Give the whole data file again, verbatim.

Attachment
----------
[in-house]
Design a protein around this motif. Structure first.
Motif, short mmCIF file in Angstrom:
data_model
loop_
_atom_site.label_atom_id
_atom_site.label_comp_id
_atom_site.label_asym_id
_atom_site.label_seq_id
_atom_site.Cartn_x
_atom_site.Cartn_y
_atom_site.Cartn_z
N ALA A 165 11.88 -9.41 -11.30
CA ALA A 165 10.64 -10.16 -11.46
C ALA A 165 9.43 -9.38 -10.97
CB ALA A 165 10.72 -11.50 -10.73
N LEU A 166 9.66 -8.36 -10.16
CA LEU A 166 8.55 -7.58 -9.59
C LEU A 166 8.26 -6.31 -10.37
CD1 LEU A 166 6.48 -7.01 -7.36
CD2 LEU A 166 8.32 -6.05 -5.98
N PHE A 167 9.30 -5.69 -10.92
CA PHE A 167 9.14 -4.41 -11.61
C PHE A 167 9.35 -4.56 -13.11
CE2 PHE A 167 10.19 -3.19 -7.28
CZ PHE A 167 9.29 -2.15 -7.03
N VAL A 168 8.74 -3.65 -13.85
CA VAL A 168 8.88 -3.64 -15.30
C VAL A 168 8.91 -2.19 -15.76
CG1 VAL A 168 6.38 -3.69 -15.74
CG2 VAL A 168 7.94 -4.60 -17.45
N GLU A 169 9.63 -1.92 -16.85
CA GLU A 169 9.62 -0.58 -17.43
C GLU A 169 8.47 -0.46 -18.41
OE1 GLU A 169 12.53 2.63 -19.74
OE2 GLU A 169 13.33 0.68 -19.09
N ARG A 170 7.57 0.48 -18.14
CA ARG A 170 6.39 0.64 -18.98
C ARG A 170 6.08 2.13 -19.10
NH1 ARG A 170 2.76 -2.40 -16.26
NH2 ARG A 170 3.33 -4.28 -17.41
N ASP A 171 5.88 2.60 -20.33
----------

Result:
[in-house]
Design a protein around this motif. Structure first.
Motif, short mmCIF file in Angstrom:
data_model
loop_
_atom_site.label_atom_id
_atom_site.label_comp_id
_atom_site.label_asym_id
_atom_site.label_seq_id
_atom_site.Cartn_x
_atom_site.Cartn_y
_atom_site.Cartn_z
N ALA A 165 11.88 -9.41 -11.30
CA ALA A 165 10.64 -10.16 -11.46
C ALA A 165 9.43 -9.38 -10.97
CB ALA A 165 10.72 -11.50 -10.73
N LEU A 166 9.66 -8.36 -10.16
CA LEU A 166 8.55 -7.58 -9.59
C LEU A 166 8.26 -6.31 -10.37
CD1 LEU A 166 6.48 -7.01 -7.36
CD2 LEU A 166 8.32 -6.05 -5.98
N PHE A 167 9.30 -5.69 -10.92
CA PHE A 167 9.14 -4.41 -11.61
C PHE A 167 9.35 -4.56 -13.11
CE2 PHE A 167 10.19 -3.19 -7.28
CZ PHE A 167 9.29 -2.15 -7.03
N VAL A 168 8.74 -3.65 -13.85
CA VAL A 168 8.88 -3.64 -15.30
C VAL A 168 8.91 -2.19 -15.76
CG1 VAL A 168 6.38 -3.69 -15.74
CG2 VAL A 168 7.94 -4.60 -17.45
N GLU A 169 9.63 -1.92 -16.85
CA GLU A 169 9.62 -0.58 -17.43
C GLU A 169 8.47 -0.46 -18.41
OE1 GLU A 169 12.53 2.63 -19.74
OE2 GLU A 169 13.33 0.68 -19.09
N ARG A 170 7.57 0.48 -18.14
CA ARG A 170 6.39 0.64 -18.98
C ARG A 170 6.08 2.13 -19.10
NH1 ARG A 170 2.76 -2.40 -16.26
NH2 ARG A 170 3.33 -4.28 -17.41
N ASP A 171 5.88 2.60 -20.33